Urban Agriculture Track

View videos from the 2013 Sustainability Summit

Session 1
9:30-10:15 a.m.: Texas Honey Bee Guild: The Buzz on Bees
Brandon Pollard

Session 2
10:30-11:15 a.m.: New Trends of Healthy Food Production
Nathan Haile

Can farmers and ranchers provide high-quality nutritional food without fertilizers, pesticides, herbicides and other inputs? Is it sustainable and profitable? How are other environmental factors affected? How does it affect us as consumers? Come learn the five simple principles guiding many innovative and profitable ag producers answering these questions! It’s all about the soil -- A real “Brown Revolution”!

photo of Nathan HaileNathan Haile was born and raised in the small farming and ranching community of Archer City, Texas. His admiration and respect for farmers and ranchers prompted Nathan to learn about land management at an early age in 4-H and FFA. Mentors like his father (the agricultural science teacher), biology teacher and local Soil and Water Conservation professionals were instrumental in providing support and opportunities for Nathan to increase his knowledge of soil management. He graduated with a BS in Plant and Soil Science from Tarleton State University in 1996. Nathan’s 17 years with the Natural Resources Conservation Service has given him the opportunity to evaluate soils from Alaska to South Texas and work with producers from North Dakota to North Carolina. Nathan has been nicknamed the “Soil Quality Evangelist” by his coworkers because of his passion for soil health. 

Session 3
11:30 a.m.-12:15 p.m.: Coppell Community Garden: Growing Food and Gardeners Since 1998
Amanda Vanhoozier

Ah, the possibilities of a little seed and a patch of ground! Add people, and community gardening provides abundant opportunities for sustainable agriculture; from organic gardening education and ecological principles to improved nutrition and community building. Come get inspired to join hands with others and dig in the dirt wherever you are planted.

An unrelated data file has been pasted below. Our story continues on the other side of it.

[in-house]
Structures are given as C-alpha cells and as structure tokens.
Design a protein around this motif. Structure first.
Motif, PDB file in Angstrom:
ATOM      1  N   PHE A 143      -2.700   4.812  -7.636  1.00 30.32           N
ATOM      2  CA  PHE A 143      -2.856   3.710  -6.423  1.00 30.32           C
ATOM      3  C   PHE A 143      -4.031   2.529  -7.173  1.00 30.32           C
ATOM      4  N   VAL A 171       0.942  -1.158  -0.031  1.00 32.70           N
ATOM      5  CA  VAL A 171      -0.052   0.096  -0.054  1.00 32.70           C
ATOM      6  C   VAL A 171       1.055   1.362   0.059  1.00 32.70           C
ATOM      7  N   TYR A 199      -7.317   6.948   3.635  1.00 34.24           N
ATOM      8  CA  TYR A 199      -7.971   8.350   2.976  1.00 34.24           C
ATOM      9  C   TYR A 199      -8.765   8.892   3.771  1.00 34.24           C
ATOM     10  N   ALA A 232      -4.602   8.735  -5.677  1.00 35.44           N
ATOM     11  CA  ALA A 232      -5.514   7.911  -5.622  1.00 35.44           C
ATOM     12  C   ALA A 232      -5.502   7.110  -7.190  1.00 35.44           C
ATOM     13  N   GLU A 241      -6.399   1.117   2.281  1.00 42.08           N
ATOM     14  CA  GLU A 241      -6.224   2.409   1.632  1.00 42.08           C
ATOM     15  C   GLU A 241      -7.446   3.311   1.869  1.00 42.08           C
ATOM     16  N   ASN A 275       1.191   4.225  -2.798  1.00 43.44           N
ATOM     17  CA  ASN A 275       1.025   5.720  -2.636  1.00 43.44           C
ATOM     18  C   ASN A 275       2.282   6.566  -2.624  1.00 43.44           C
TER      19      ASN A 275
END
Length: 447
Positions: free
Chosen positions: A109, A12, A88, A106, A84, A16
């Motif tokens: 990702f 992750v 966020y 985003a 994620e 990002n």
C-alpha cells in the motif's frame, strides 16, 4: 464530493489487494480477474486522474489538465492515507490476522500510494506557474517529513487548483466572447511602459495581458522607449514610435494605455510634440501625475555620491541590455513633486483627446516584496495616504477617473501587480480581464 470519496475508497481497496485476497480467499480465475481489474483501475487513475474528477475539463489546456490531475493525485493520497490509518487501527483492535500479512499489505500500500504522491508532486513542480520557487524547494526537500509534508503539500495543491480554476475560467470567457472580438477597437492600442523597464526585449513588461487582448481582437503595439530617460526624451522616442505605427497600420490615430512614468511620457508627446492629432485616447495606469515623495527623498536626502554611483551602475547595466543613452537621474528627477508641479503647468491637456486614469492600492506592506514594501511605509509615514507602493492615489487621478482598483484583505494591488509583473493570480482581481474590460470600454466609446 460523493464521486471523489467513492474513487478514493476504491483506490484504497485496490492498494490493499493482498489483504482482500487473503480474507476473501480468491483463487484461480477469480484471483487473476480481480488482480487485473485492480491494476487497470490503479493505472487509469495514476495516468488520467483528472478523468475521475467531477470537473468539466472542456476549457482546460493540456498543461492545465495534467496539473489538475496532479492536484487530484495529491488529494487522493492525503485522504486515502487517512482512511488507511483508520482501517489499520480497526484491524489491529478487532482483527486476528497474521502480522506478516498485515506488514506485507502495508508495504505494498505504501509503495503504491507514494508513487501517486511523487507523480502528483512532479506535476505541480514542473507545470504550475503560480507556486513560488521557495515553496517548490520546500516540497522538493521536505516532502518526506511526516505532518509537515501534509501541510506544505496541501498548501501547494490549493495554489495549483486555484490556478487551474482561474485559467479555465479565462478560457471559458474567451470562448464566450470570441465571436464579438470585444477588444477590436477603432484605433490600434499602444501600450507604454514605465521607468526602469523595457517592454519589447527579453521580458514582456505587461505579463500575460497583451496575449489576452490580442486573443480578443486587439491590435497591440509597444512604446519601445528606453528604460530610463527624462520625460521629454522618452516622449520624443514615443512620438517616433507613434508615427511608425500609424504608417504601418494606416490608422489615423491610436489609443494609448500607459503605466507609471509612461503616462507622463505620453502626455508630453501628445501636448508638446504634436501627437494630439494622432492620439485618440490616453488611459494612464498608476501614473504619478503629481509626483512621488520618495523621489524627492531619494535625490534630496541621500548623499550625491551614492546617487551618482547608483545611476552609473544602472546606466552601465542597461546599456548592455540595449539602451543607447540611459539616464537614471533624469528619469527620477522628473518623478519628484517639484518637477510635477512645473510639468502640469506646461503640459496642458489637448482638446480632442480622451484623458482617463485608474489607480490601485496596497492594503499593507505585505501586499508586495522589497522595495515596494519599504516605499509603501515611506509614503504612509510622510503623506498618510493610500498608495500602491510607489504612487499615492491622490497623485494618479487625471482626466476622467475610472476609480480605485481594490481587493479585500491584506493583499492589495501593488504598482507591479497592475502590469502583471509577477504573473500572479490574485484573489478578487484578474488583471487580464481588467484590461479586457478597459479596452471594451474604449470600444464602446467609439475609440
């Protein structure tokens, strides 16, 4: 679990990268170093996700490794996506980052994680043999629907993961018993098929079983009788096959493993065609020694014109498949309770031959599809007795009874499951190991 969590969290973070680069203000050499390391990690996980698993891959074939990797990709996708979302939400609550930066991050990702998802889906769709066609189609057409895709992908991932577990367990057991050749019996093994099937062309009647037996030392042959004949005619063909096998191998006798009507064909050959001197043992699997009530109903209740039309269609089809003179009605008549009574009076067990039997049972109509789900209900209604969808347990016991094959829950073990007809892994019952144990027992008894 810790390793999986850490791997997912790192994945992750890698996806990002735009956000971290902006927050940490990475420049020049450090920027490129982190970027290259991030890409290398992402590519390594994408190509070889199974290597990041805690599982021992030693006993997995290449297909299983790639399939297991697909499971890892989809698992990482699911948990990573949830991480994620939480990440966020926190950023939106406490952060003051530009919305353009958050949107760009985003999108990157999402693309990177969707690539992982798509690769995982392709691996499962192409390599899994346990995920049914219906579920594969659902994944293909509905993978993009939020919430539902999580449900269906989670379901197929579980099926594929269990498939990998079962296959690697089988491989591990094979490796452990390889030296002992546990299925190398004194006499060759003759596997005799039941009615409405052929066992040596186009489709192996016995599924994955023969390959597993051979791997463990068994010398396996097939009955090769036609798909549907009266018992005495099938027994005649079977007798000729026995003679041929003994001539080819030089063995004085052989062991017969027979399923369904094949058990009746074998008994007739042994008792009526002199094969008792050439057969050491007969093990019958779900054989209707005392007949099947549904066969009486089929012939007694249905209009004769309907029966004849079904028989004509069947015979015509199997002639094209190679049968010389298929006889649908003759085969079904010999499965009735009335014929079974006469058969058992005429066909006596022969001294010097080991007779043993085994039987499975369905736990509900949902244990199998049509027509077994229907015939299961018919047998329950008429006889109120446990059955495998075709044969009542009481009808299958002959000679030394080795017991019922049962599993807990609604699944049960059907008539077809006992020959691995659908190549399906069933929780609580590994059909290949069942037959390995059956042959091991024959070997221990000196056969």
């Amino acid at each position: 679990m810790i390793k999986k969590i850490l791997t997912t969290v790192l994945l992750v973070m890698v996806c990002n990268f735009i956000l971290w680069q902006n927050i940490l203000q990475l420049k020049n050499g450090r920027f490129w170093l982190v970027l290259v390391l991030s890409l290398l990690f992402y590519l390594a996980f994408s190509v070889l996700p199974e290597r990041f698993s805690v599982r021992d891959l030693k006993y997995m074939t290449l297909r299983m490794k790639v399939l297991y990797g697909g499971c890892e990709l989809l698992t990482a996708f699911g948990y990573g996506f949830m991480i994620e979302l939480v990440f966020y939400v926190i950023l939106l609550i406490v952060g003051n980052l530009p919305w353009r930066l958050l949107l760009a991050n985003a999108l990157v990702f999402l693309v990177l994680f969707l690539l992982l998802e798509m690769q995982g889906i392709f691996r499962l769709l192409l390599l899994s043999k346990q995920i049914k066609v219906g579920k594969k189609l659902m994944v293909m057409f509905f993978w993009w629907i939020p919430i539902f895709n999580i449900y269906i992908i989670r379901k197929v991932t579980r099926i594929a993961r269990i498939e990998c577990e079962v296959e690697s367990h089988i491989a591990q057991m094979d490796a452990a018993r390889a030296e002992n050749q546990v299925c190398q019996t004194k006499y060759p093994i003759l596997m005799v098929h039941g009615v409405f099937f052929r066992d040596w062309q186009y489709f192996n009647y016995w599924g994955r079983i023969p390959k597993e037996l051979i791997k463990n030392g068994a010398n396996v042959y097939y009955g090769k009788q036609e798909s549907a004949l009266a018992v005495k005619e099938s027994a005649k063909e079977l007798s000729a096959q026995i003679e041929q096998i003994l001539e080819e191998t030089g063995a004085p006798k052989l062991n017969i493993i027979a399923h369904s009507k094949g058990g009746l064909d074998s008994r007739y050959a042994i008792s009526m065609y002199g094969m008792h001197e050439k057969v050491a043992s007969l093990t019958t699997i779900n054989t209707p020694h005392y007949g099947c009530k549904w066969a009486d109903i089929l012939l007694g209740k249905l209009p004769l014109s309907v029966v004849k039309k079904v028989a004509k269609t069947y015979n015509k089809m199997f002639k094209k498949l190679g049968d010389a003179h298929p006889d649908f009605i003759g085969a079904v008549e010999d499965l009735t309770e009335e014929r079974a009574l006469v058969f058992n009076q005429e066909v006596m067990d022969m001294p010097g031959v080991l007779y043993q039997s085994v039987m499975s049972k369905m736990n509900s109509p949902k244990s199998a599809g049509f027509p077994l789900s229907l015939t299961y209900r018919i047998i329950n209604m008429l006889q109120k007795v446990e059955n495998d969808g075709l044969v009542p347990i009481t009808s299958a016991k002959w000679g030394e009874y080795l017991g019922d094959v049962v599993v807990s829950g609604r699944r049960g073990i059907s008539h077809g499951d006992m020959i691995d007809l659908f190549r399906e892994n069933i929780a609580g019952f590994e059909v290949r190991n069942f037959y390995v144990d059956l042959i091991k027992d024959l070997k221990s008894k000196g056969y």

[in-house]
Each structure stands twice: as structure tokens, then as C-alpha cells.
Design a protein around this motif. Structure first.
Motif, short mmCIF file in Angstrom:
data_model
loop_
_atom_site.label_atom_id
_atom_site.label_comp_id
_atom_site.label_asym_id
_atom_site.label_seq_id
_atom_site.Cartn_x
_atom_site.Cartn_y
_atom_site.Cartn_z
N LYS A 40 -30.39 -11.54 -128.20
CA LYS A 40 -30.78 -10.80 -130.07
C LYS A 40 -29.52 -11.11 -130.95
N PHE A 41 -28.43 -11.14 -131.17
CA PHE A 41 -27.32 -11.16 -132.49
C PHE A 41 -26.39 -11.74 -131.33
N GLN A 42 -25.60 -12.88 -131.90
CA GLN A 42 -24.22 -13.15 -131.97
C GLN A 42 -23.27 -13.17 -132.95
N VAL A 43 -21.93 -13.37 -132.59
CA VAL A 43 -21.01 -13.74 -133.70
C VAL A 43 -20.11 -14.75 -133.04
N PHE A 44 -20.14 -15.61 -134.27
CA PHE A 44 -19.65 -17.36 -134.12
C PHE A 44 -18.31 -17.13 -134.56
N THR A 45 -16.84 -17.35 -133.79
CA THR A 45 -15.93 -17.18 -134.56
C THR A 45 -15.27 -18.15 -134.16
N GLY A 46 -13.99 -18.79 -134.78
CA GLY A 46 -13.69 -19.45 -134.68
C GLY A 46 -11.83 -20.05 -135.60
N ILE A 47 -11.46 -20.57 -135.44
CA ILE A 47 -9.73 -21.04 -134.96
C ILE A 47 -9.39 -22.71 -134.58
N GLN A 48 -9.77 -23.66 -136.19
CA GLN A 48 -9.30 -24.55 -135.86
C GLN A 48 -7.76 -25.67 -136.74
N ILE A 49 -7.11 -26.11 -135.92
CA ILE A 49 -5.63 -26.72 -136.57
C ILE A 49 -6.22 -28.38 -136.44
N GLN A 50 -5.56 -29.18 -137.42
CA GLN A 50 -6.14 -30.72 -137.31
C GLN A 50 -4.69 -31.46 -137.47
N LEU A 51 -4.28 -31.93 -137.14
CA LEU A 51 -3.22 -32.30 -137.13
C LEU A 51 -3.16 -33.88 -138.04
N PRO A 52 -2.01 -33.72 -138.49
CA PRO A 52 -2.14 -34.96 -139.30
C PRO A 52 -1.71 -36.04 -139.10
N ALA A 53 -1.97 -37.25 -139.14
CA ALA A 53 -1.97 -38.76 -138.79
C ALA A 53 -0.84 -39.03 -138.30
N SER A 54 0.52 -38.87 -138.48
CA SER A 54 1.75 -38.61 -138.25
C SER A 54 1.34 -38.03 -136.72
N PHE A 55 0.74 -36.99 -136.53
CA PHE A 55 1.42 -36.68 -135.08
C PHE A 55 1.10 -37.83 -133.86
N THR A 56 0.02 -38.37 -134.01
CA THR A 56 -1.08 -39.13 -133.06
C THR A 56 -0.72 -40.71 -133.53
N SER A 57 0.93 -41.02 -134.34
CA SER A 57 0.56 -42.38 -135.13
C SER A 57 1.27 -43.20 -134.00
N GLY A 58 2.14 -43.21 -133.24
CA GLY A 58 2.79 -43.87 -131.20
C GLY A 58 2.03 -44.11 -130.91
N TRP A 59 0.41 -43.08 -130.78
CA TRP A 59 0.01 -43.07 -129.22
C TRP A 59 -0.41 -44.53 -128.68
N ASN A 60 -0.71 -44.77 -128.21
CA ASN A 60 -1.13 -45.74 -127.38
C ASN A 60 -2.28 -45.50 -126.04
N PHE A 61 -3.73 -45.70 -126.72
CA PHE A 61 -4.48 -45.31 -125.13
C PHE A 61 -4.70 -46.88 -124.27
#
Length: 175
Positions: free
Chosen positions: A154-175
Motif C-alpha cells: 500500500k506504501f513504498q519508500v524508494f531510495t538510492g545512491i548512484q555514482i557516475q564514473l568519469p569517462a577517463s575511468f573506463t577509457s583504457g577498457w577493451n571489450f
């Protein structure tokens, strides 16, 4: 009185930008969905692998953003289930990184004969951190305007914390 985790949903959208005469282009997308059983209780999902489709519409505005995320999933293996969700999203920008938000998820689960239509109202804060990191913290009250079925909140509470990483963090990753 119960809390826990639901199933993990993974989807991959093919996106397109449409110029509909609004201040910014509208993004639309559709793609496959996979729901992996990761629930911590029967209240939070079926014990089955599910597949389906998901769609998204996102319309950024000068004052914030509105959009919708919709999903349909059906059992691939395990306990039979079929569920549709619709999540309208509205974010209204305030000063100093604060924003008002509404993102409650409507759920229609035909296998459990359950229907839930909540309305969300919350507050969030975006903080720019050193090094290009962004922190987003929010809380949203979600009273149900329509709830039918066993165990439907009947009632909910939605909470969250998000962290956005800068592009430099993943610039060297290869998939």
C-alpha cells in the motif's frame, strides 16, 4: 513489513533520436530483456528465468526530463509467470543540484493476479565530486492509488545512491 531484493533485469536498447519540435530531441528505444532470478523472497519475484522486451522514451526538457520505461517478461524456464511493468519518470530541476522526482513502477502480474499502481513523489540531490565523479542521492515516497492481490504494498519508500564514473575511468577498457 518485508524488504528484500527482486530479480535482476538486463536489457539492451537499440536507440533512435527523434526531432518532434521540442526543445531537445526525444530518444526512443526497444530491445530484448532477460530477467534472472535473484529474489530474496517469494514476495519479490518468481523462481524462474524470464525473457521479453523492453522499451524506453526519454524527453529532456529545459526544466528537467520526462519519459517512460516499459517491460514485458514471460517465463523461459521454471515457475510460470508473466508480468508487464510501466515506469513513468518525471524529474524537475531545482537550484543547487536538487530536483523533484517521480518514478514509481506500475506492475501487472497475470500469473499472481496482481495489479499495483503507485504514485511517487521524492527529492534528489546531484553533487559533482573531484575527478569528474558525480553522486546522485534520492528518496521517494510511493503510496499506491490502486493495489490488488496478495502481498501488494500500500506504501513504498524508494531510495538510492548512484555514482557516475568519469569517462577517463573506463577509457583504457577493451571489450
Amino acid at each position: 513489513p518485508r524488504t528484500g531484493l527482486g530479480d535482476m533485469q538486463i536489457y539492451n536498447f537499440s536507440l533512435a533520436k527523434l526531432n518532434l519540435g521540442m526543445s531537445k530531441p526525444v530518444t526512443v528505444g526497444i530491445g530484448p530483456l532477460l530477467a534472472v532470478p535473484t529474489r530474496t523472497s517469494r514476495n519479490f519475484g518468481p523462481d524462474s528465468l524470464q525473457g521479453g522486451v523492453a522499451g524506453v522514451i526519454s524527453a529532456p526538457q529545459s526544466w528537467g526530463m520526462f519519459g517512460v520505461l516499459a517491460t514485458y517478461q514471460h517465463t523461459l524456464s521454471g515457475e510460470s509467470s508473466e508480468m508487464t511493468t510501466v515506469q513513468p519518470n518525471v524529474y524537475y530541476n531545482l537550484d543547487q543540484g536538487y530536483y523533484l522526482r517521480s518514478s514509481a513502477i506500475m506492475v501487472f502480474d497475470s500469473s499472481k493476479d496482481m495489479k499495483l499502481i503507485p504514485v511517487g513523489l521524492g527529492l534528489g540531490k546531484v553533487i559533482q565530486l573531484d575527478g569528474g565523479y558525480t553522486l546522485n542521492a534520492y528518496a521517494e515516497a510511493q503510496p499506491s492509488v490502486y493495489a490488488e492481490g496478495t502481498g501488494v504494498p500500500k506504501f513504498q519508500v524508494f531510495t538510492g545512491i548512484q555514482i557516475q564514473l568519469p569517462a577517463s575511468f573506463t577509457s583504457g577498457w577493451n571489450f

photo of Amanda VanhoozierAmanda Vanhoozier grew up enjoying the Rocky Mountain air by Yellowstone Park. Her love of the outdoors led to specializing in Outdoor Learning Environments as a graduate of the University of Kansas. Ms. Vanhoozier is the founder of the award-winning Coppell Community Garden in 1998 and the Coppell Farmers Market in 2003 with the support of the City of Coppell and masses of dedicated volunteers. Ms. Vanhoozier leads many sustainability projects at the City of Coppell that have been recognized by the Texas Commission on Environmental Quality with the Environmental Excellence Award and Governor's Community Achievement Award.

Session 4
2-2:45 p.m.: Football Field to Food Garden: Lessons Learned
Michael J. Sorrell, Paul Quinn College

Planting tomatoes and arugula between the goal posts of the former football field wasn’t originally in Paul Quinn College’s strategic plan. But, compelled by a desire to improve the lives of the surrounding Highland Hills community by providing a source of fresh healthy produce to the residents, the college’s administration rolled up its sleeves to establish the “WE over Me Farm at Paul Quinn College” in 2010. That was just the beginning. Come learn how Paul Quinn is expanding its efforts to combat the healthy food supply crisis in South Dallas.

Michael J. Sorrell is the 34th president of Paul Quinn College and the reigning “HBCU Male President of the Year.” Under his leadership, Paul Quinn is experiencing one of the greatest turnarounds in the history of higher education. Among the college’s numerous accomplishments during his tenure have been winning the “2011 HBCU of the Year” and the “2012 HBCU Student Government Association of the Year” and partnering with PepsiCo to transform the football field into the two-acre “WE over Me Farm.”